Hilde Van Gelder

  • View of “Jorge Ribalta,” 2016
    picks January 17, 2016

    Jorge Ribalta

    A sequence of 166 framed black-and-white photographs, presented as eight clustered grids over two adjacent rooms, is the outcome of artist Jorge Ribalta's recent travels throughout the French Borinage, a former coal-mining region all too slowly recovering from depression via a postindustrial service economy. On display in these scenes are subtle traces of a more illustrious past as well as straightforward shots of former mining sites converted by the government into monuments. Thus, Ribalta's images track the region's unfolding capitalism, which he speaks of as a “material enigma” with a “long

  • View of “Joris Ghekiere,” 2015.
    picks April 17, 2015

    Joris Ghekiere

    “For the sheer pleasure of it.” Joris Ghekiere replies bluntly when asked why, for some thirty years now, he has kept a steadfast focus on researching the extreme possibilities of the painted surface. The artist’s passionate indulgence in his medium surely comes across to the viewers of this strict selection of works from 2007 until today, curated by Ulrich Loock. The specificity of Ghekiere’s quasisurgical technique consists in fixing either a blank or an already underpainted surface on a horizontal turning table. After setting the canvas into rapid motion around the table’s axis, he sprays

  • Ariella Azoulay, Civil Alliance, Palestine, 1947–48, 2012, still from a color video, 48 minutes.
    picks May 16, 2012

    Ariella Azoulay, Aïm Deüelle Lüski, Eitan Efrat and Sirah Foighel Brutmann

    This exhibition gathers work by four Israeli artists who engage with the photographic image as a tool for critical reflection. The show’s centerpiece is Ariella Azoulay’s Civil Alliance, Palestine, 1947–48, 2012, a video making its world premiere here, which portrays people of mixed Palestinian and Jewish background dressed in mid-twentieth-century clothing. Gathering around a circular table, the group recites short stories in Arabic and Hebrew about civil contracts and agreements achieved between January 1947 and May 1948 in Mandatory Palestine. These narrated fragments testify to a joint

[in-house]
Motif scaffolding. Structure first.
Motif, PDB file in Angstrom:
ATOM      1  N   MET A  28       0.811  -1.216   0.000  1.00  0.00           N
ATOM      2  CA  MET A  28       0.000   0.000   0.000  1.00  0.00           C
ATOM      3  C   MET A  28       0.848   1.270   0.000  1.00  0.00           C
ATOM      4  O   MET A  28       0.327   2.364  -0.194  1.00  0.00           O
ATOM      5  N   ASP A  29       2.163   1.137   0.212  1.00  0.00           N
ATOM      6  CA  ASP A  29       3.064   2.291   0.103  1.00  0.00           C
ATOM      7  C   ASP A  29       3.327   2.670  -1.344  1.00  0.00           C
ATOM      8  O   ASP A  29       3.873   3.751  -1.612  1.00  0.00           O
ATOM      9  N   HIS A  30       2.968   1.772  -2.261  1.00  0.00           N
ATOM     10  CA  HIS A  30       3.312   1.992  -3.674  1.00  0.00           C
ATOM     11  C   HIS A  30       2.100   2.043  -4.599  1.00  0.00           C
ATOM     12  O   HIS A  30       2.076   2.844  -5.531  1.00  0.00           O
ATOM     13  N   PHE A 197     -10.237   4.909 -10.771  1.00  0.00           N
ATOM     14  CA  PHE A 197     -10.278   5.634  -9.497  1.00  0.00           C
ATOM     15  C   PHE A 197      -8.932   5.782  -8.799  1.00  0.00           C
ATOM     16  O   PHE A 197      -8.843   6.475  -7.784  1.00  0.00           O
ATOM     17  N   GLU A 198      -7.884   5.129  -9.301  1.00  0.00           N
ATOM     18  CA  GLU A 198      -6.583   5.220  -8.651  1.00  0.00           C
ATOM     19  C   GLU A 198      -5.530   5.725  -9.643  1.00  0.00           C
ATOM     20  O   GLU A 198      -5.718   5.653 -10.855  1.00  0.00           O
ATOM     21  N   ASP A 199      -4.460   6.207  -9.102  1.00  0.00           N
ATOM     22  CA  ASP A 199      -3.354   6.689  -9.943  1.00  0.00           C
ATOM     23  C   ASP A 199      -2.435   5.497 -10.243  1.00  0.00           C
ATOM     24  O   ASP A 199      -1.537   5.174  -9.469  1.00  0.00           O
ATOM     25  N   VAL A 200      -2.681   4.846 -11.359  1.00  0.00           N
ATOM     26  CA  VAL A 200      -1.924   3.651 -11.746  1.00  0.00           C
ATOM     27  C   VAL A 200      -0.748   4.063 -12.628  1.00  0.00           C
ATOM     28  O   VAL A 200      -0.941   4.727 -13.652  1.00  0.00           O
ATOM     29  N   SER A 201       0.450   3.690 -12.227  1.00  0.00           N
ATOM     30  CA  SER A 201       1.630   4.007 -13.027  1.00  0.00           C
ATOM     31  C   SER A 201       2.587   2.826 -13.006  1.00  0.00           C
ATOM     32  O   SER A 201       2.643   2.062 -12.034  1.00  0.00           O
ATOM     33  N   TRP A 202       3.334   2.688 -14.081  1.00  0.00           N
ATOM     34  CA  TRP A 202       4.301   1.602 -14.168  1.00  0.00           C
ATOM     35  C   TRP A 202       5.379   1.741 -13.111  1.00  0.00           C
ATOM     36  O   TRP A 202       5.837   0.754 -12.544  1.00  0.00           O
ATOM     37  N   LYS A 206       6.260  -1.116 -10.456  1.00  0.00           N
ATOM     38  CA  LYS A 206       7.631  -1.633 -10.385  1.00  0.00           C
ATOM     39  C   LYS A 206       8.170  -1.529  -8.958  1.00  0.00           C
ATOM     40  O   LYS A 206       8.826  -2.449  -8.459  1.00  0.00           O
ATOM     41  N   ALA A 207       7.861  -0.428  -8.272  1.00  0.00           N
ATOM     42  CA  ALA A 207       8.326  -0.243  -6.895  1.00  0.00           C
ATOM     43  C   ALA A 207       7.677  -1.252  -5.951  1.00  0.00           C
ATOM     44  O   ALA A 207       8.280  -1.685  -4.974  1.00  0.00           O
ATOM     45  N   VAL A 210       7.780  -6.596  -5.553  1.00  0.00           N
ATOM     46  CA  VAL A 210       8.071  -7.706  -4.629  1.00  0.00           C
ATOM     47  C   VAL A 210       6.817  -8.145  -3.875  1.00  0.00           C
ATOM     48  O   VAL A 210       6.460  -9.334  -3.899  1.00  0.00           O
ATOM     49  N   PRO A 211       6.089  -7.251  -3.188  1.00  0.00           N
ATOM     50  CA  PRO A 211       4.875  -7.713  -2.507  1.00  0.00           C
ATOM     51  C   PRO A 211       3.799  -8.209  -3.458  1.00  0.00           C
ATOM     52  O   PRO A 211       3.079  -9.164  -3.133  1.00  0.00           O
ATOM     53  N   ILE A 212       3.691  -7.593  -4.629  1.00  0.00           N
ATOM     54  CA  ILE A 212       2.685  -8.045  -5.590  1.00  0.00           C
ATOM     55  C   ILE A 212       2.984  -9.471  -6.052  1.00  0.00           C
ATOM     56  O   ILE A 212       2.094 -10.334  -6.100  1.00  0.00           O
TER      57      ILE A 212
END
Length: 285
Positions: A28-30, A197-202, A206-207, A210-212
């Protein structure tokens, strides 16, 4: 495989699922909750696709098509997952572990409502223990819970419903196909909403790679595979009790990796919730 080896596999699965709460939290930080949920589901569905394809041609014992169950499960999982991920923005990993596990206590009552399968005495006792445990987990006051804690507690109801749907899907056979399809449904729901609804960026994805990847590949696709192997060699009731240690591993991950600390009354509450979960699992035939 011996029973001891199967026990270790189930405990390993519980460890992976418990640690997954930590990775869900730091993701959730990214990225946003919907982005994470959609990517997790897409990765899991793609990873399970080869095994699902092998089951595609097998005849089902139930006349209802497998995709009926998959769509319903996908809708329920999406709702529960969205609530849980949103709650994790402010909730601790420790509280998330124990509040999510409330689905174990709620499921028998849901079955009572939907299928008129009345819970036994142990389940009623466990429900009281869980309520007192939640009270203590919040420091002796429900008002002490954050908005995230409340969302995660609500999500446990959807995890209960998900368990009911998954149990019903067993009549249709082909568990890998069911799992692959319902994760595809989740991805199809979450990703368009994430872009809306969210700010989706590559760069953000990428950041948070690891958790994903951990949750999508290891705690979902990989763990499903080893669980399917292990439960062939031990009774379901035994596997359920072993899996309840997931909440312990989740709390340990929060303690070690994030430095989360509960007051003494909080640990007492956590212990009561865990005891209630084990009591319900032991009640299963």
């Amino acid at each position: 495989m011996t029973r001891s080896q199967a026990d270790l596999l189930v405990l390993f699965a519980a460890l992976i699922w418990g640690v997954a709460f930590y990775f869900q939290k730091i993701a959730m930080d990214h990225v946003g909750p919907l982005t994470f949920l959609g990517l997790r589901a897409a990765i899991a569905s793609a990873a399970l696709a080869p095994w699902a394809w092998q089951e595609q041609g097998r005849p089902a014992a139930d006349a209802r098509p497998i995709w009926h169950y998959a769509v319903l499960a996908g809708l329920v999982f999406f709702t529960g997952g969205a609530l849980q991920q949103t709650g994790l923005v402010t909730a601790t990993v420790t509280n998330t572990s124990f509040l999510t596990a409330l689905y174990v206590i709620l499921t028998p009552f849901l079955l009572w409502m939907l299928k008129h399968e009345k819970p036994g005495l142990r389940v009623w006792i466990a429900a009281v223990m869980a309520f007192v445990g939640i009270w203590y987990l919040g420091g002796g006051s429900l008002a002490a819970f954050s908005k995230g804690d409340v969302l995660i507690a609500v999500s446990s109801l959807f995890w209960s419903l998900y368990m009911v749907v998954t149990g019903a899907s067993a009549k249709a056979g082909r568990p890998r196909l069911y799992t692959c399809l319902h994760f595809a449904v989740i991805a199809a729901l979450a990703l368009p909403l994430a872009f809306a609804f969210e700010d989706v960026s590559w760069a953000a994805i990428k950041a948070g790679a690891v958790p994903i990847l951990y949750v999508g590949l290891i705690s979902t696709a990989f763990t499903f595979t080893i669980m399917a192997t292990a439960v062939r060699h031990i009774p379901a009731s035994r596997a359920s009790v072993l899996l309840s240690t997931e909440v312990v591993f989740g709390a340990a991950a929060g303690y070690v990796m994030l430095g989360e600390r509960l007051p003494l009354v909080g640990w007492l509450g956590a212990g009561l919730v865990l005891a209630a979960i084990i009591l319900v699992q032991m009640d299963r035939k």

• View of “After Images,” 2011. From left: Roe Ethridge, Moon, 2003–2008; Roe Ethridge, Red Diamondback, 2006; Roe Ethridge, Sunset #3, 2008. Center: Uri Aran, All This Is Yours, 2010.
    picks July 26, 2011

    “After Images”

    This vast exhibition gathers a selection of work by thirty-four contemporary artists; many of the pieces are loaned from private Belgian collections. Curated by Fionn Meade and set in the rear of the museum’s complex, in a building that was occupied by the German Wehrmacht during World War II, the show opens up questions regarding the overload of visual representations in contemporary culture. Important works by a now historical generation of artists such as Sherrie Levine, and precursors including John Baldessari, are aptly included.

    At times, the subtler works––such as those by Tom Burr and

  • Christodoulos Panayiotou, 2008, 2008, shredded money, 20’ diameter.
    picks July 21, 2011

    “The End of Money”

    Christodoulos Panayiotou’s topical work 2008 makes a grand and confrontational opening installation in this exhibition. On first glance it appears to be a huge pile of cut grass, but on closer inspection, the clippings turn out to be the Central Bank of Cyprus’s shredded pounds, which the artist acquired from the institution after the country’s shift to the euro.

    Dedicated to the relation between time and value, this show initiates a profound reflection on both the historical relativity of exchange systems and lessons to be learned today from those programs. This line of thought is sharply pursued

  • Jeff Wall, Boy Falls from Tree, 2010, color photograph, 120 x 89”.
    picks June 23, 2011

    “The Crooked Path”

    Jeff Wall’s latest exhibition borrows its title from the first photograph on view in the show: a 1991 picture that depicts a walking path winding through a vacant lot near an urban industrial zone. (The artist has also said that the “crooked path” evokes his artistic undertaking as a whole.) In close dialogue with curator Joël Benzakin, Wall has composed a careful selection of his works from the past three decades and has moreover provided a privileged insight into his early artistic influences––including Marcel Duchamp, Ian Wallace, and Frank Stella (works by all are present). The exhibition